Saturday, March 21, 2009

How a Stimulus Works

Or Honor, Honesty and Confidence:

Keynes (founder of Keynesianism, the economic philosophy of mainstream liberalism) believed that recessions could be evened out by the debt spending of government. He believed that certain "multiplier" effects could be achieved by the way such money was spent. But the basis of the whole argument was confidence.

You see, in a deflationary recession (according to Keynes), demand sags because of a shock to the system or bankruptcies and the resulting loss of business confidence. By allowing government to be the buyer of last resort, you remove such concern and allow them to avoid taking a loss or as large of a loss for a time, preventing their need for new investment (and thus inabillity) later.

They know this will pass, and by way of the multiplier it does, and they will make a profit then.

But what happens when those same businesses see that at this banquet, they are the skeleton on the dinner table?

When they see it is a trap, when they see that they will be paying and subjugated to their "customer," in the here and now, later? What happens when, in the excuse of "a deeper problem," we push a healthcare system that was contrived hastilly, funding for Student Aid that is permaneant and is thus in no way stimulus, bizarre rhetoric about "greed" when business is but a tool, and force the contraction of an industry (healthcare) in the name of "cost" when we are suffering deflation (damage from the reduction of cost, according to Keynes.) What happens when we subject our entire economy to a byzantine carbon cap, instead of a simple carbon tax? What happens when government pulls strange shenanigans with stimulus money and contracts and creates a "scandal"?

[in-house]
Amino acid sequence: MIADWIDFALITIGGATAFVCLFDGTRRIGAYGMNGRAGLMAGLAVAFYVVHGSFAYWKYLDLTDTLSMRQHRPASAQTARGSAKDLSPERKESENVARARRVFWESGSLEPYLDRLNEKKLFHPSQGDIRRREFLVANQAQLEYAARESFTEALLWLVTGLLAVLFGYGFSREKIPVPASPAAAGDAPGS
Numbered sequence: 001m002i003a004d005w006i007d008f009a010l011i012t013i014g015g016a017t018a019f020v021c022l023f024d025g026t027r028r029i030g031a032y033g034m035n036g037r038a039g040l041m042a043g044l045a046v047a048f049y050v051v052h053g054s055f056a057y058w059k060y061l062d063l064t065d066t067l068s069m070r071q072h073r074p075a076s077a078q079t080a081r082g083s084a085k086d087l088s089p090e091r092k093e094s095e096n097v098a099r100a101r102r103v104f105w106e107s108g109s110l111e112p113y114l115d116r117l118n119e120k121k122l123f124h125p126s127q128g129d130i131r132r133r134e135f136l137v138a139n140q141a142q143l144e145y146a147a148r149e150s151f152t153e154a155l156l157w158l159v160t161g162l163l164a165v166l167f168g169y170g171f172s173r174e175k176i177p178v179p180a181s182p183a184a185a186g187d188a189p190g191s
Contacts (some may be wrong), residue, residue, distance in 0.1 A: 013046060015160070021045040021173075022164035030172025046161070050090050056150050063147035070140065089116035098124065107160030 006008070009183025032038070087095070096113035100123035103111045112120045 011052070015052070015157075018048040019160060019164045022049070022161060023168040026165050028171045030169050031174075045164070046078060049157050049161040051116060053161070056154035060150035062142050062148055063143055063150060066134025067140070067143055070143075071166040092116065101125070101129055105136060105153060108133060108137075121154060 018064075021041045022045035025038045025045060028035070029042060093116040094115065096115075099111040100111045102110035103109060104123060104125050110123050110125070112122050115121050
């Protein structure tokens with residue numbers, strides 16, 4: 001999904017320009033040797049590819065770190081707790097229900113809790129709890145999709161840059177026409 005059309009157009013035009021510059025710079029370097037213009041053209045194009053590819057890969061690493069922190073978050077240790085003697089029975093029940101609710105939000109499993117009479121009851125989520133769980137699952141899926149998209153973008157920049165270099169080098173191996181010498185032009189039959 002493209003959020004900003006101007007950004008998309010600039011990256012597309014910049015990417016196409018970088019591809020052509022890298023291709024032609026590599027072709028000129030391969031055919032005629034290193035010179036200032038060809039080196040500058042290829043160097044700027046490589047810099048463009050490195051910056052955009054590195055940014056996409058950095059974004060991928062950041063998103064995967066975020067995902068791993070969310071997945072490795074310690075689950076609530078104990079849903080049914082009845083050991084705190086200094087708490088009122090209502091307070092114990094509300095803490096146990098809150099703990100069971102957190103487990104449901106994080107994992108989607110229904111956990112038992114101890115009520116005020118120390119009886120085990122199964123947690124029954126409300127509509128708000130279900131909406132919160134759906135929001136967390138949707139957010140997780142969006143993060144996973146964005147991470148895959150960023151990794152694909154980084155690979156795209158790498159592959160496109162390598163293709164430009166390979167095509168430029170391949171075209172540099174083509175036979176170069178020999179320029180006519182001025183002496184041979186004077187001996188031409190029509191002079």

And then in "response," they attempt elimination of the right of ex post facto. I don't care how cleverly their little bill is phrased or what kind of strange loopholes they are using to break a legally-binding contract, I have a right not to be prosecuted for something that wasn't illegal at the time I did it. AIG, scoundrels as they are, has that right to. As far as I can tell, we left it in the contract, and if contracts and legal process are not observed, well, why should it end with "scoundrels?"

See, you can debate the ideology all day, but it's the people I'm worried about. And anyways, AIG may be awful, but in their defence, they never agreed to be public servants.

1 comment:

bereezy said...

I like the post a lot. You make a very good point that all this media fuss about the bonuses is really pointless. How is it fair to criminalize someone for upholding their own contract? I really hope that the american people see through this sham and realize that even if you can call accepting these bonuses greedy, there is no basis for punishment by law.